Who is a Resident Alien for Tax Purposes?
Generally, students who have been in the US for longer than 5 years and scholars who have been in the US for longer than 2 years are resident aliens for tax purposes. If you have questions about your particular situation, you can use GLACIER Tax Prep to help you determine your residency status for tax purposes or take the IRS Substantial Presence Test.
What Changes When You Become a Resident Alien for Tax Purposes?
Resident aliens for tax purposes file their taxes the same way US citizens and permanent residents do. Some notable changes that might affect you are:
- Married couples can file a joint return
- Resident aliens can claim dependents regardless of their country of citizenship
- Students who are issued a 1098-T can claim tax benefits
- Most students and scholars can no longer claim tax treaty benefits, although students and scholars from China may still be able to claim some treaty benefits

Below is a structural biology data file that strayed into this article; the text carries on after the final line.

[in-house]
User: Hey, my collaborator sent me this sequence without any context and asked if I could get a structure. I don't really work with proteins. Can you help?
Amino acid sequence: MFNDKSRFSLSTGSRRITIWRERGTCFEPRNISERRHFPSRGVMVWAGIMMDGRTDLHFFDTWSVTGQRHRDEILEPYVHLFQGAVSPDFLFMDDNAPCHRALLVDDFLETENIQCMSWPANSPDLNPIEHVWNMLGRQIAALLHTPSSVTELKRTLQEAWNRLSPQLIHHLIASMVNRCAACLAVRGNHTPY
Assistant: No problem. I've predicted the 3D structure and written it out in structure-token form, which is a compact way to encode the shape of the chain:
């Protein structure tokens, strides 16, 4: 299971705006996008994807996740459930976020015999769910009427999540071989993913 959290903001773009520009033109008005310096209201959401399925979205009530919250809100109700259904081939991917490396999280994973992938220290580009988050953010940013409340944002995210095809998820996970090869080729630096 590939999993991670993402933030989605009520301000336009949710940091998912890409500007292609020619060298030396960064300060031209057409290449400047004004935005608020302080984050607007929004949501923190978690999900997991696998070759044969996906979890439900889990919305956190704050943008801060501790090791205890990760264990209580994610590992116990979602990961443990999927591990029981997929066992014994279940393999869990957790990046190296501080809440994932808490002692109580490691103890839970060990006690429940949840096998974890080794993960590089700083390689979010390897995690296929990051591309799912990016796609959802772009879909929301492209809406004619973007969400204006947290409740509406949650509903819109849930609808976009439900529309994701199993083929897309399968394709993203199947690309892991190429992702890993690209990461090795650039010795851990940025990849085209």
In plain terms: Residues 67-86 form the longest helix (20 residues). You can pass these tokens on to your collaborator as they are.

- Residents aliens can claim a standard deduction on their taxes
What Resources are Available for Resident Aliens for Tax Purposes?
ISSS provides tax services for nonresident aliens for tax purposes. Since resident aliens for tax purposes file taxes the same way that U.S. citizens and permanent residents do, online tax filing software and in-person help around the community are available for you. ISSS recommends these free resources you may be able to use:
- Foundation Communities is a nonprofit organization that offers free volunteer tax services
- IRS: VITA Site Locator offers links to IRS-trained volunteer tax preparers
- IRS Free File links to online tax preparation software that is free for most students and scholars
See our webpage on filing a resident tax return for additional information.